The current pandemic may have already had a tangible impact on your life: loss of income, loss of a loved one, or isolation that’s opening old wounds. You may also feel that on the surface this isn’t so bad, quickly qieting sad feelings because so many ‘have it worse.’ Regardless of where on that scale you fall, it’s important to continually check in on your emotions and more than ever respond with self care and compassion.
The inability to move at lightening speed can force us to sit with uncomfortable feelings that we are normally distracted from. It could also show you how closely you tie productivity to self worth. Even if you’ve gracefully moved into isolation, and are more productive than ever, check in with your internal dialogue and “should” statements (“I should be working out more”). I’m not suggesting you need to be less productive or stop taking advantage of this time. I’m simply suggesting you take a look at the way you talk yourself; your inner dialogue. If the inability to be so busy has been challenging, try to sit with that. Try to understand why that is. If you’ve managed to stay moving, try to figure out how you’ve been able to do it; specifically: what did you say to yourself to motivate? Shifting the pressured or judgmental thoughts and replacing the shoulds with wants is incredibly empowering. It is a practice that can reshape how you experience life.
I believe subconsciously we are scared that if we stop judging, guilting, and bashing we we will lose motivation to accomplish. I’ve found the opposite is true; when I am kind to myself, when I take the pressure off, my creativity expands. I take important action anyway; I never needed that nagging voice.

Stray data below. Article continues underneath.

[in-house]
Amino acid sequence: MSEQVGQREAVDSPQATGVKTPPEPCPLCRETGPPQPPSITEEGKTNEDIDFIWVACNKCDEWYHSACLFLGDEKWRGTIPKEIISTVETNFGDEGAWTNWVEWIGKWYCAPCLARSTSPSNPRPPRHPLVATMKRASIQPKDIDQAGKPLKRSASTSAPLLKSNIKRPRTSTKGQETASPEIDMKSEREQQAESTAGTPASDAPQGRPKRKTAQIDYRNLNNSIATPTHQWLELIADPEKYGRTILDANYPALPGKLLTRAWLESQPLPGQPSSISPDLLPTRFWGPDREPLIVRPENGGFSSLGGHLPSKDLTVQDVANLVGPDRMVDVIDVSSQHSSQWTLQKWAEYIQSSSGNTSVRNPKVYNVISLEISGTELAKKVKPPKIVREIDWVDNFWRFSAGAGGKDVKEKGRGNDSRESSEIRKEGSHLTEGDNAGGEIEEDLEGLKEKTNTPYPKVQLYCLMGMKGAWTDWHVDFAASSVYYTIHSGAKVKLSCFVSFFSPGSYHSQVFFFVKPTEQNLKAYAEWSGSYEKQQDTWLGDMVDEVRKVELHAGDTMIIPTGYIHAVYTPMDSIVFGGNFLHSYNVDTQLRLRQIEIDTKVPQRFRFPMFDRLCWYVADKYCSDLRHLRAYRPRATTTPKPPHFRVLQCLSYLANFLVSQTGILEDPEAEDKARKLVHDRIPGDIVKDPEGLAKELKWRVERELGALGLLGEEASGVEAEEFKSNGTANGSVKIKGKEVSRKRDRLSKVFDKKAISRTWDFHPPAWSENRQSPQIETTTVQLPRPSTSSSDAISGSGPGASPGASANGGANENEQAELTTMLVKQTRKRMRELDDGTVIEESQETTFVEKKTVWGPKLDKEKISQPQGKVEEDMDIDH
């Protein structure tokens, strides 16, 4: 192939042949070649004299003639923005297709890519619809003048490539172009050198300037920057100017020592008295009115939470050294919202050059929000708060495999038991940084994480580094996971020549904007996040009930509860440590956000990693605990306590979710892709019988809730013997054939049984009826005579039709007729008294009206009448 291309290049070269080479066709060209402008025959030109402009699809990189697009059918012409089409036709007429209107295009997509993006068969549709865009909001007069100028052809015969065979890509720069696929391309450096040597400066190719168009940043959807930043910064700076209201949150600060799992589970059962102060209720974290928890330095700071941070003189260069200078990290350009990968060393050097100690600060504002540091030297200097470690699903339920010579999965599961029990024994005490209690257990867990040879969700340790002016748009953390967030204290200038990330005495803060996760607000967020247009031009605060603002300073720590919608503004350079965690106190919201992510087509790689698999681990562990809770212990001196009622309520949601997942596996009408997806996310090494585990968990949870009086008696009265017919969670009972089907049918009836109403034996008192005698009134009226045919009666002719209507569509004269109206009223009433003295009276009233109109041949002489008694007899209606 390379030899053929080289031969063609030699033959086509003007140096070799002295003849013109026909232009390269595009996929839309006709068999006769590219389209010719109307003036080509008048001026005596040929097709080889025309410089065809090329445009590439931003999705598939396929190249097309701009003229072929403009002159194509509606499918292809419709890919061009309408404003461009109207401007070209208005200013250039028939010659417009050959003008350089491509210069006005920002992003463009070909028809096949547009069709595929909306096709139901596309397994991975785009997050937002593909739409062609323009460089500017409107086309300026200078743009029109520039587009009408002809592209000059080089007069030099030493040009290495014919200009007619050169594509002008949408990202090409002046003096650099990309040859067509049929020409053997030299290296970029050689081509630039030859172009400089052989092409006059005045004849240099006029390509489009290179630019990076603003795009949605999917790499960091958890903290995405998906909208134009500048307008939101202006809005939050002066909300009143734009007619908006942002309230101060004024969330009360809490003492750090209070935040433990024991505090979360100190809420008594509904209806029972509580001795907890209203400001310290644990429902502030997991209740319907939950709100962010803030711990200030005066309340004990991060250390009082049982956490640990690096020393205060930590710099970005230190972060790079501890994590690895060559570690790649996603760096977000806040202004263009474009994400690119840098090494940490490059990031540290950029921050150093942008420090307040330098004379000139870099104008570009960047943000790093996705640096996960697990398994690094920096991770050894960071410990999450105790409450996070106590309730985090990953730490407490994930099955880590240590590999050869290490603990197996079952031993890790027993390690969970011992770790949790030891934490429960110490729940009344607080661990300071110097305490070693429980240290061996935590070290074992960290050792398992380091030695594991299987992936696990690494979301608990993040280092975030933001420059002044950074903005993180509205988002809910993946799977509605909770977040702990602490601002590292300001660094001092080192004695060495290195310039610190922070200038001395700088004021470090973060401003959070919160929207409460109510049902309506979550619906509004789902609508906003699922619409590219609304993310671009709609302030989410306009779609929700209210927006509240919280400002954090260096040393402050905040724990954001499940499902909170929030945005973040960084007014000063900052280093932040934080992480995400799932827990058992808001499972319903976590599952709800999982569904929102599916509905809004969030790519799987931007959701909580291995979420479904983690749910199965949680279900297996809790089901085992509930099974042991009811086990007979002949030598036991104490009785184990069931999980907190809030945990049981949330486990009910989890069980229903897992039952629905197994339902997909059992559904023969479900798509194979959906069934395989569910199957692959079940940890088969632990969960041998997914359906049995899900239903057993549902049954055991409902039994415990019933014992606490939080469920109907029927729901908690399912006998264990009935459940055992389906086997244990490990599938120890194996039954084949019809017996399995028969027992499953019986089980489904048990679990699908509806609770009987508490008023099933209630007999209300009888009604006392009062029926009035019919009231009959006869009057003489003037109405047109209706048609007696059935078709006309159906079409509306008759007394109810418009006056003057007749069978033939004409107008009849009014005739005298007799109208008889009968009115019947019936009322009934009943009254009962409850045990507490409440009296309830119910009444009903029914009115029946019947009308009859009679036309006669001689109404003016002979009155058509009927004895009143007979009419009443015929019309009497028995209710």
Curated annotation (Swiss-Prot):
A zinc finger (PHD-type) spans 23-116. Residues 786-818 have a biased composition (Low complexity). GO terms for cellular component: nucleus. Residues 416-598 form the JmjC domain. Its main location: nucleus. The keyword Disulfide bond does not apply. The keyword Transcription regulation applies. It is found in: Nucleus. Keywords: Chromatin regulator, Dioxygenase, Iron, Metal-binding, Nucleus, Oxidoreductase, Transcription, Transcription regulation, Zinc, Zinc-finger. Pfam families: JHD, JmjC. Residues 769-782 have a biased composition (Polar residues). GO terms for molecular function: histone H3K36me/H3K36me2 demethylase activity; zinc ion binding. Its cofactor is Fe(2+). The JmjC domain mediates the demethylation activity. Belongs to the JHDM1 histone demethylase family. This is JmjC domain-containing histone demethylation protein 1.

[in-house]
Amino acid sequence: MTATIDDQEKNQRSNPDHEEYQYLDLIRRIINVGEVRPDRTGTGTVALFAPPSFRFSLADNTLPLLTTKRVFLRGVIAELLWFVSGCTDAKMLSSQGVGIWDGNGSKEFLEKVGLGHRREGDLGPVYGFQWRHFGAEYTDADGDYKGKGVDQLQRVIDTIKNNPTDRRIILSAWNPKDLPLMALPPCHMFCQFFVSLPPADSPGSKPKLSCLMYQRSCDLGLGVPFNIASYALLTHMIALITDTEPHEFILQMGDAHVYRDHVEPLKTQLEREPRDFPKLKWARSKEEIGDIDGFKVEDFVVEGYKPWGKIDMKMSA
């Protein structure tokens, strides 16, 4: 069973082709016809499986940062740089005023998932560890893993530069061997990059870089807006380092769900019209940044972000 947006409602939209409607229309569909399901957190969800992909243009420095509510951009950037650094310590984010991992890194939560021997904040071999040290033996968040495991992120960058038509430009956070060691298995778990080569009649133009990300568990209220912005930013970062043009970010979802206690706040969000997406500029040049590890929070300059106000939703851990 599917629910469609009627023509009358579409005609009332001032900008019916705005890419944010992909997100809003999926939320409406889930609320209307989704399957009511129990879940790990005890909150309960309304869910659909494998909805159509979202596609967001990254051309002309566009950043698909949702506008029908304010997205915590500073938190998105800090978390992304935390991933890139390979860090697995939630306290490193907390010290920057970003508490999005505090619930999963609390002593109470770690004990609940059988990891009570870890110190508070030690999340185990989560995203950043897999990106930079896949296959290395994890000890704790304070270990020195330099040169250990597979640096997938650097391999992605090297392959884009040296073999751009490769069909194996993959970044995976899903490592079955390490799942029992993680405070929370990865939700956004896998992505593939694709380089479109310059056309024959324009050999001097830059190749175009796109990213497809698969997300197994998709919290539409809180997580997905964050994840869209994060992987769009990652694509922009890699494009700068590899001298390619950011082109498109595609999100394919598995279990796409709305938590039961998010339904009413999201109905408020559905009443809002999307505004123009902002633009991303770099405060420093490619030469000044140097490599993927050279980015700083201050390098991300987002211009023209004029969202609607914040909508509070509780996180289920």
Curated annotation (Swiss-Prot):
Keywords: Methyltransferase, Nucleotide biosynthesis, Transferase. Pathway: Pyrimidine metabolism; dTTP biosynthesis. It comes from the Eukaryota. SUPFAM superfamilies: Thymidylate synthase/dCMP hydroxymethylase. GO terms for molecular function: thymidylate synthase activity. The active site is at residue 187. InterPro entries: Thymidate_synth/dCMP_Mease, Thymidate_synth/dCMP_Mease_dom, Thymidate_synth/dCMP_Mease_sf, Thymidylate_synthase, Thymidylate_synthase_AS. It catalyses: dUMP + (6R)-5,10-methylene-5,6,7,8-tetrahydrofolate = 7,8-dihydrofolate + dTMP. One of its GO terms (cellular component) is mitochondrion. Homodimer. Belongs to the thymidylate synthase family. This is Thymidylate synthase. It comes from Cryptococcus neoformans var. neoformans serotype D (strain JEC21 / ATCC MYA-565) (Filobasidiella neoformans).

It’s possible you’re completely unaware of your inner dialogue. It’s also possible you’re aware that it’s unkind but don’t know how to change it. This practice is about catching automatic thoughts, and immediately rewriting them. At first, it will feel forced or annoyingly positive. But over time, after repeating this practice with constant dedication, your thoughts will habitually become more positive. Here are a few examples; the first part is the automatic thought, the second is an example of how to shift it:
I’m eating so much junk during quarantine, I’m going to gain so much weight —> using food as comfort is normal and human. I also know I want to take care of my body. What’s one nutritious food I can add to my plate today?
Other moms have such detailed and fun home school schedules, I’m failing —> I know my family, what we can handle, and what we need at this time. I’m doing my best and all that matters right now is keeping my family safe and sane.
I should really be working out twice a day with all of the extra time I have —> what is one enjoyable way I could move my body today, even just for five minutes?
Turns out I didn’t lack time, I lacked motivation to get X, Y, Z done —> I’m feeling emotionally drained, overwhelmed, and sad right now. Starting a new project, even though I have the time feels too hard and thats okay.
I shouldn’t watch so much TV —> watching TV helps me shut off my brain and right now I need that. Today, I’ll try 5 minutes of breath work or meditation before putting on my favorite show.
The point of all of this is that you’re allowed to be insanely productive. You’re allowed to be a bum on the couch all day. Just be kind to yourself regardless of which direction you go. You do not have to take a certain action to earn kindness. Treat your internal dialogue as if it’s a friend talking to another friend; are they being kind? The way you speak to yourself should live up to the same standards you’d have for a loved one. If you aren’t meeting those standards, it’s time to confront that voice. Ideally, as you challenge and change your internal dialogue, you will naturally find more joy and clarity in your days.
Are you aware of your internal dialogue? Have you actively tried to rewrite it?